Monday, November 19, 2012

Does Morality Come From Religion, Or Are We Born With a Sense of Morality?

I ran across this study, publicized on the CBS news show 60 Minutes tonight about morality. It poses the question of whether or not infants have a sense of morality, or can even comprehend in any what morality is.

In the study, infants watched a puppet show with actions being performed by a "nice" or "mean" puppet, and then find out which puppet the baby then prefers. Three quarters of the time, the baby reaches for (or stares for a prolonged time if if they can't reach well yet), the "nice" puppet. Infants as young as three years old clearly show a preference.


religion, creationism, atheism
It begs the question then as the blog Debunking Christianity, which brought the study, and the 60 Minutes segment to my attention says: Does morality come from God, or are we born this way?

There are many people in this world, that feel that morality can only come from religion, but many of the better rules for living such as the Golden Rule, are found in many different religions and cultures.


How is it that people from different religions and cultures, that had little contact with each other came up with extremely similar rules?   It's because it is common sense. We know that harming others is wrong, with or without a religion or holy text to tell us this, or without threat of eternal punishment/reward.

As Einstein once said about religion, "If people are good only because they fear punishment, and hope for reward, then we are a sorry lot indeed.". 

I think morality came before religion, religion is both an attempt to put morality into a formal code/system, and it was also a way to explain the natural world, which people knew little about when religion first came about. For instance, the ancient Greeks did not know what caused lightening, so they explained it by saying that it was a result of Zeus hurling down thunderbolts from Mount Olympus when he was angry.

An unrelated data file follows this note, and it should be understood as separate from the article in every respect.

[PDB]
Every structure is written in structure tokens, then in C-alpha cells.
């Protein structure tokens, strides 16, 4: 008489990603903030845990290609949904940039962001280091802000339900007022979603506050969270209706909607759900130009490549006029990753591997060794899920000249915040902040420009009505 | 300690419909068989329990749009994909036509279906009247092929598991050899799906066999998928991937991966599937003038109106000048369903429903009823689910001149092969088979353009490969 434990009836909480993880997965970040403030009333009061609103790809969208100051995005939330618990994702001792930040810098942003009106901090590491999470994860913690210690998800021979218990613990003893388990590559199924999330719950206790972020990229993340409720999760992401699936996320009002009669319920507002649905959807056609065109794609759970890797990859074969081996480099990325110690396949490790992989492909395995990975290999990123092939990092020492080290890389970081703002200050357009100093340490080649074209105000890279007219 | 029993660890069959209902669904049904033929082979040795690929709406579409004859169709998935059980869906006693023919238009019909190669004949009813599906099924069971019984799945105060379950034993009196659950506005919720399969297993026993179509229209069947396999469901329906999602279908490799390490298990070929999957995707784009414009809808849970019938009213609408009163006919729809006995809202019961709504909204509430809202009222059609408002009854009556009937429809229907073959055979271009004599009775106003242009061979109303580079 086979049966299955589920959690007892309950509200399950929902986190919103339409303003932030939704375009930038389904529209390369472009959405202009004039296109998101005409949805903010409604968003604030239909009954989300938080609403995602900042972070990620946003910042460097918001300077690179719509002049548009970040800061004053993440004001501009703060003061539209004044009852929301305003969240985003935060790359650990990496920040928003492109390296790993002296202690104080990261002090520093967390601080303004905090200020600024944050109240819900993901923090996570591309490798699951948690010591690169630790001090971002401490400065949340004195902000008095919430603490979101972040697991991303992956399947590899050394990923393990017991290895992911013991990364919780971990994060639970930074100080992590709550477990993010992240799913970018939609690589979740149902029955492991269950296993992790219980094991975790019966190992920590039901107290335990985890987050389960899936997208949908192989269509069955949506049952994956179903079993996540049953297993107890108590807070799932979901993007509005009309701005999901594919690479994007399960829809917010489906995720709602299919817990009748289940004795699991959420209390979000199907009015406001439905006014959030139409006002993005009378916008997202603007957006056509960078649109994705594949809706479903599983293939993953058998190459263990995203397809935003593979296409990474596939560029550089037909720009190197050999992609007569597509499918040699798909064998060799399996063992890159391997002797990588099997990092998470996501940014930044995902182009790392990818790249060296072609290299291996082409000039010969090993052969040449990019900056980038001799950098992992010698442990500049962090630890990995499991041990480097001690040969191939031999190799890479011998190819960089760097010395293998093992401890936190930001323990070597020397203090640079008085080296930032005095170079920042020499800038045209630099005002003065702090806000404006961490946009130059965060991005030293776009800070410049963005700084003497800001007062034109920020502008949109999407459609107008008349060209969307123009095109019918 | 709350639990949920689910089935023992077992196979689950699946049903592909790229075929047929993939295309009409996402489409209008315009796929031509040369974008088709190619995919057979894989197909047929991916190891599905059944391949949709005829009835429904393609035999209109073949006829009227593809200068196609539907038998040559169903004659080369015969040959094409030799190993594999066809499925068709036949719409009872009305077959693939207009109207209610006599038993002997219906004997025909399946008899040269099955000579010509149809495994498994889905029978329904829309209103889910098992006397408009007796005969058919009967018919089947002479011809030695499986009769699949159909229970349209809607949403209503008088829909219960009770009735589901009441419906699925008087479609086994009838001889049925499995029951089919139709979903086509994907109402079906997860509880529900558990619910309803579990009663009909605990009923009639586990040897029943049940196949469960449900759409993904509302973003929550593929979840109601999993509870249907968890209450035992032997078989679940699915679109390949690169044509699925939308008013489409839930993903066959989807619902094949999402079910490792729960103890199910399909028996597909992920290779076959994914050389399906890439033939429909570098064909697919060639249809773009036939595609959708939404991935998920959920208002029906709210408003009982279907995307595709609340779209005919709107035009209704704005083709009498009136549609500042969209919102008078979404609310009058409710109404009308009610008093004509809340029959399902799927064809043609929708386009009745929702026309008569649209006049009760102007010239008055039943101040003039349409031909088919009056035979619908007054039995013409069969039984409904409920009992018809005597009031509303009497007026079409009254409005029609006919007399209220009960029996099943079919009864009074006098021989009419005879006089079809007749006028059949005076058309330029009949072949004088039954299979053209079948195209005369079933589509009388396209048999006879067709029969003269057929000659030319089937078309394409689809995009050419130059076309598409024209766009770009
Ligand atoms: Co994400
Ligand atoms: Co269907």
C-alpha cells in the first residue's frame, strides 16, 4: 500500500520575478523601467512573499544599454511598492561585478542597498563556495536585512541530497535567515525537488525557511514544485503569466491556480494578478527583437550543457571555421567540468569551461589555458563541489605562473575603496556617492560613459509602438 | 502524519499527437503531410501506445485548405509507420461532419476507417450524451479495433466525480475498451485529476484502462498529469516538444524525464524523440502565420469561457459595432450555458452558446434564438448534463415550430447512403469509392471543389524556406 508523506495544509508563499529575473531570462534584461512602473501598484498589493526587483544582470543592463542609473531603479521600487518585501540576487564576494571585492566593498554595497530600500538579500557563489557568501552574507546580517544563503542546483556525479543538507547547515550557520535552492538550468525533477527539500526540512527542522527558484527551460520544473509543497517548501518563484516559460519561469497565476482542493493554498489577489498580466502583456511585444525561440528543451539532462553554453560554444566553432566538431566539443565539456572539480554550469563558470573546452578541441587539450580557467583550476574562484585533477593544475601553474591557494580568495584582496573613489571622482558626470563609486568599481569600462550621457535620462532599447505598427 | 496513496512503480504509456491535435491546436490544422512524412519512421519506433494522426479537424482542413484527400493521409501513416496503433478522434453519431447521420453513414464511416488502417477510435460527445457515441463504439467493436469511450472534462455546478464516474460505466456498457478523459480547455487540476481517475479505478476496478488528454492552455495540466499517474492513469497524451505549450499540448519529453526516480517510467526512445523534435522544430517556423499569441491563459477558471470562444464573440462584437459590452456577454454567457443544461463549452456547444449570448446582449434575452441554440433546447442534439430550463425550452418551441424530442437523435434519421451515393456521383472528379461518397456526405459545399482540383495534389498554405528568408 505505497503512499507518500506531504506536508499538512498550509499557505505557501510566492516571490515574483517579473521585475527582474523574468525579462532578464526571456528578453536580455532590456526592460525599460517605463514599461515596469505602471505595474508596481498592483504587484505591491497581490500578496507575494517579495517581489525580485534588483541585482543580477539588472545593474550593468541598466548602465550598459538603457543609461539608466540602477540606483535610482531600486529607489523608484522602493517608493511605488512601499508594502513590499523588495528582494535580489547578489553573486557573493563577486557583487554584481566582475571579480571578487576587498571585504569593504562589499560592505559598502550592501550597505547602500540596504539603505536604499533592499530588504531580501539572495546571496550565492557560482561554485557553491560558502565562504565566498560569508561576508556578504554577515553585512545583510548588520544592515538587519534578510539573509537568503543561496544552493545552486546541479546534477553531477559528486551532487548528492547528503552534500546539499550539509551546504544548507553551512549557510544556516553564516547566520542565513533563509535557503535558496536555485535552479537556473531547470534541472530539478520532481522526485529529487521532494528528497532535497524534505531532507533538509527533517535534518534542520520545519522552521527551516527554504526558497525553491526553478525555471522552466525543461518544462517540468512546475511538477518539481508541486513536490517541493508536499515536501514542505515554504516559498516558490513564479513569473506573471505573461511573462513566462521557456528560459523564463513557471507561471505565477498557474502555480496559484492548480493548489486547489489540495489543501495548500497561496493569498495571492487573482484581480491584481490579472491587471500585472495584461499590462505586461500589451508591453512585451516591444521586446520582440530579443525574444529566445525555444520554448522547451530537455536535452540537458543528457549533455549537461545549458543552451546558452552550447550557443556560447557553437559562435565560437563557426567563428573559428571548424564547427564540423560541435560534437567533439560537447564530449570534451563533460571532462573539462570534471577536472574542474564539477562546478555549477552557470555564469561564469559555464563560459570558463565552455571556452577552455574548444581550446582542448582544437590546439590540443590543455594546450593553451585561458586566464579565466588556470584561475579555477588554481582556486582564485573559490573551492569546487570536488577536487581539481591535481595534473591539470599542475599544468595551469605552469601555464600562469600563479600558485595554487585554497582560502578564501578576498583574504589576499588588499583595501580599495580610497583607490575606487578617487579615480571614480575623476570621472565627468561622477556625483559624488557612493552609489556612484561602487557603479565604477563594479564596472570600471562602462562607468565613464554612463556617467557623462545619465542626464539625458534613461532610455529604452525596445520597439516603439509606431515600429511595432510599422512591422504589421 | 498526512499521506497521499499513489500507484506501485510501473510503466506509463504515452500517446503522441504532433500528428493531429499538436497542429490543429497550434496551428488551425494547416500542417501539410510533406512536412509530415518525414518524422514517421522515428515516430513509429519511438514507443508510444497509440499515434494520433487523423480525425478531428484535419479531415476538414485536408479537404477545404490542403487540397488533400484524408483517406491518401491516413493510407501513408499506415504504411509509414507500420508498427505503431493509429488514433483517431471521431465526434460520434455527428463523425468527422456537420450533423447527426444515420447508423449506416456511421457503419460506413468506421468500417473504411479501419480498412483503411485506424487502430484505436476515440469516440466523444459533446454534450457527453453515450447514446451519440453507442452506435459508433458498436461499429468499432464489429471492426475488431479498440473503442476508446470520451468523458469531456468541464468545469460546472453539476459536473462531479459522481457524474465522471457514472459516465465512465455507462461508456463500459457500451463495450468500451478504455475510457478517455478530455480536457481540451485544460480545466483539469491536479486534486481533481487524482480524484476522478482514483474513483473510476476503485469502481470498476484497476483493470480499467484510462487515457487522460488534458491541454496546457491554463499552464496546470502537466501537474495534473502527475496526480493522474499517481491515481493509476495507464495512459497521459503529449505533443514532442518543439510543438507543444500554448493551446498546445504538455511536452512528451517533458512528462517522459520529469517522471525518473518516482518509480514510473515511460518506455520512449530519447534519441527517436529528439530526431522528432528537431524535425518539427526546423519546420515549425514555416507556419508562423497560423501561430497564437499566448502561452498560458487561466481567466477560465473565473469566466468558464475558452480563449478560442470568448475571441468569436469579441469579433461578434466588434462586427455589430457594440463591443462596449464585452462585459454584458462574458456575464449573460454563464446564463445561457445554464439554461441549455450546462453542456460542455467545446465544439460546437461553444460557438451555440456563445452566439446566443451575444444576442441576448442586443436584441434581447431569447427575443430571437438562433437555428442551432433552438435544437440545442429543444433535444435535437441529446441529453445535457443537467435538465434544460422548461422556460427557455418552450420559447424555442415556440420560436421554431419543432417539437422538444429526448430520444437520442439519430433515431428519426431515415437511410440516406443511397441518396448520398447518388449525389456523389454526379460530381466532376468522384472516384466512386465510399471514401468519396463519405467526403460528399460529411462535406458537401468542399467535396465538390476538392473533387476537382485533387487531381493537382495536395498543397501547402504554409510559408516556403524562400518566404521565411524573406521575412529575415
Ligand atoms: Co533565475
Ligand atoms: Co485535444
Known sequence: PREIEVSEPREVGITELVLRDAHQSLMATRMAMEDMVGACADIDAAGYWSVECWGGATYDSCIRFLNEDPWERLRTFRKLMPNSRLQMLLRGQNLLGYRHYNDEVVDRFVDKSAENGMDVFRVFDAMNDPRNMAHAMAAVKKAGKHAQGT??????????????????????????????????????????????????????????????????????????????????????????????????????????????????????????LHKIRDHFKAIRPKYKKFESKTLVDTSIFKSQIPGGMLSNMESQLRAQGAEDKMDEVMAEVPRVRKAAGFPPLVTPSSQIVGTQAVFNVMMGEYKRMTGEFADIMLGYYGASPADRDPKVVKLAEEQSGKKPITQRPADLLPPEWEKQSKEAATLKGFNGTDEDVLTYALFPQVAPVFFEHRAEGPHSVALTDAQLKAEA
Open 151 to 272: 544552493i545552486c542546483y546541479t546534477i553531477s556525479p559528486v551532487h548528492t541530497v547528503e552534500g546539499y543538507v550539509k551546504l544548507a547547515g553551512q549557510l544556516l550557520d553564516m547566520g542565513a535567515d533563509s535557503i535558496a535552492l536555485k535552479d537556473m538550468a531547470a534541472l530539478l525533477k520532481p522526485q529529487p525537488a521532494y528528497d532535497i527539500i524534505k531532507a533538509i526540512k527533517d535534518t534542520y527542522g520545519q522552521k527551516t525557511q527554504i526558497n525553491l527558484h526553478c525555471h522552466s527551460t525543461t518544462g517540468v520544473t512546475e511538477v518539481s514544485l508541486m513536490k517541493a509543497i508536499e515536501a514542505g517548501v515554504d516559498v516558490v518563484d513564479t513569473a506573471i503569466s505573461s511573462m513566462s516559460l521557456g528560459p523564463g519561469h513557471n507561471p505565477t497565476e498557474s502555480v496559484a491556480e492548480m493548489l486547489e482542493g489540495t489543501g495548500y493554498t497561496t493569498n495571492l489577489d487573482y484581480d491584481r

Zeus, Greece, ancient Greece, religion


It is no coincidence that if you look at many of the more powerful and well known ancient cultures, that the chief gods in their hierarchy was a god that had control over some aspect over nature (a sun god, a fertility god that held power over fertility of both crops and of reproduction). People have for many centuries longed for control over the uncontrollable (maybe if I pray to this god enough, this will happen). It gives a sense of comfort, lead us to think that we have more power and control over the world and circumstances than what we do. 

For many in our modern culture, the thought that one can escape the suffering of this world for a better place in the afterlife, and that those who cause that suffering will be punished is comforting to them, because it makes them feel that there is a sense of justice in this world, and that our choices can affect our destiny in the afterlife.

Those were the reasons for the origins of religion, and though misguided, you could say that they were understandable, and in some cases noble intentions. The problems in religion started when people started noticing how devoted adherents were to their religion, and decided to take advantage of that. A marriage made in hell (no pun intended) resulted between governments and religion. Religious leaders and government leaders became one and the same in many instances, or the government leaders were nothing more than puppets of the religious leaders.